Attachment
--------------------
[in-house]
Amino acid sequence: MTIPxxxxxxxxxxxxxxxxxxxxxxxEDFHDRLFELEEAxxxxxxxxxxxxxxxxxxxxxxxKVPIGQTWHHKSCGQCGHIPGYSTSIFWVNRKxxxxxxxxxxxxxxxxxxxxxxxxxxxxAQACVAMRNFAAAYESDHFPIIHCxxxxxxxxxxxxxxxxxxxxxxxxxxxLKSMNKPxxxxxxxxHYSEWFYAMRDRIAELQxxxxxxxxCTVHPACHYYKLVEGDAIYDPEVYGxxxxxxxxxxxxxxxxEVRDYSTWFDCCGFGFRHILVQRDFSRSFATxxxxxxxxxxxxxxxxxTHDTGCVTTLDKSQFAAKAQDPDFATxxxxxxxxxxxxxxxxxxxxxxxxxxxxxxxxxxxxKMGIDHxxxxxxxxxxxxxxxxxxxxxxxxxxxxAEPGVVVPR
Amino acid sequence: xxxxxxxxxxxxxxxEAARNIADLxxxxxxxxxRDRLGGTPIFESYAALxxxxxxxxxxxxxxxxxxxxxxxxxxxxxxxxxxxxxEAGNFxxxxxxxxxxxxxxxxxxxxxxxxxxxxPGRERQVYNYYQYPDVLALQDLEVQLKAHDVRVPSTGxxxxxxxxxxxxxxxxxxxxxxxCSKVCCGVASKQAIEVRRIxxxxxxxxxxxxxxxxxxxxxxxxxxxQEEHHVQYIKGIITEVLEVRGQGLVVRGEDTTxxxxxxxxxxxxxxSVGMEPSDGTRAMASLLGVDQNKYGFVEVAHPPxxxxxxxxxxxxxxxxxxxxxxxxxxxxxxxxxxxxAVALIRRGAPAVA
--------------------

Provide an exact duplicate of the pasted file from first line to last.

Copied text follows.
[in-house]
Amino acid sequence: MTIPxxxxxxxxxxxxxxxxxxxxxxxEDFHDRLFELEEAxxxxxxxxxxxxxxxxxxxxxxxKVPIGQTWHHKSCGQCGHIPGYSTSIFWVNRKxxxxxxxxxxxxxxxxxxxxxxxxxxxxAQACVAMRNFAAAYESDHFPIIHCxxxxxxxxxxxxxxxxxxxxxxxxxxxLKSMNKPxxxxxxxxHYSEWFYAMRDRIAELQxxxxxxxxCTVHPACHYYKLVEGDAIYDPEVYGxxxxxxxxxxxxxxxxEVRDYSTWFDCCGFGFRHILVQRDFSRSFATxxxxxxxxxxxxxxxxxTHDTGCVTTLDKSQFAAKAQDPDFATxxxxxxxxxxxxxxxxxxxxxxxxxxxxxxxxxxxxKMGIDHxxxxxxxxxxxxxxxxxxxxxxxxxxxxAEPGVVVPR
Amino acid sequence: xxxxxxxxxxxxxxxEAARNIADLxxxxxxxxxRDRLGGTPIFESYAALxxxxxxxxxxxxxxxxxxxxxxxxxxxxxxxxxxxxxEAGNFxxxxxxxxxxxxxxxxxxxxxxxxxxxxPGRERQVYNYYQYPDVLALQDLEVQLKAHDVRVPSTGxxxxxxxxxxxxxxxxxxxxxxxCSKVCCGVASKQAIEVRRIxxxxxxxxxxxxxxxxxxxxxxxxxxxQEEHHVQYIKGIITEVLEVRGQGLVVRGEDTTxxxxxxxxxxxxxxSVGMEPSDGTRAMASLLGVDQNKYGFVEVAHPPxxxxxxxxxxxxxxxxxxxxxxxxxxxxxxxxxxxxAVALIRRGAPAVA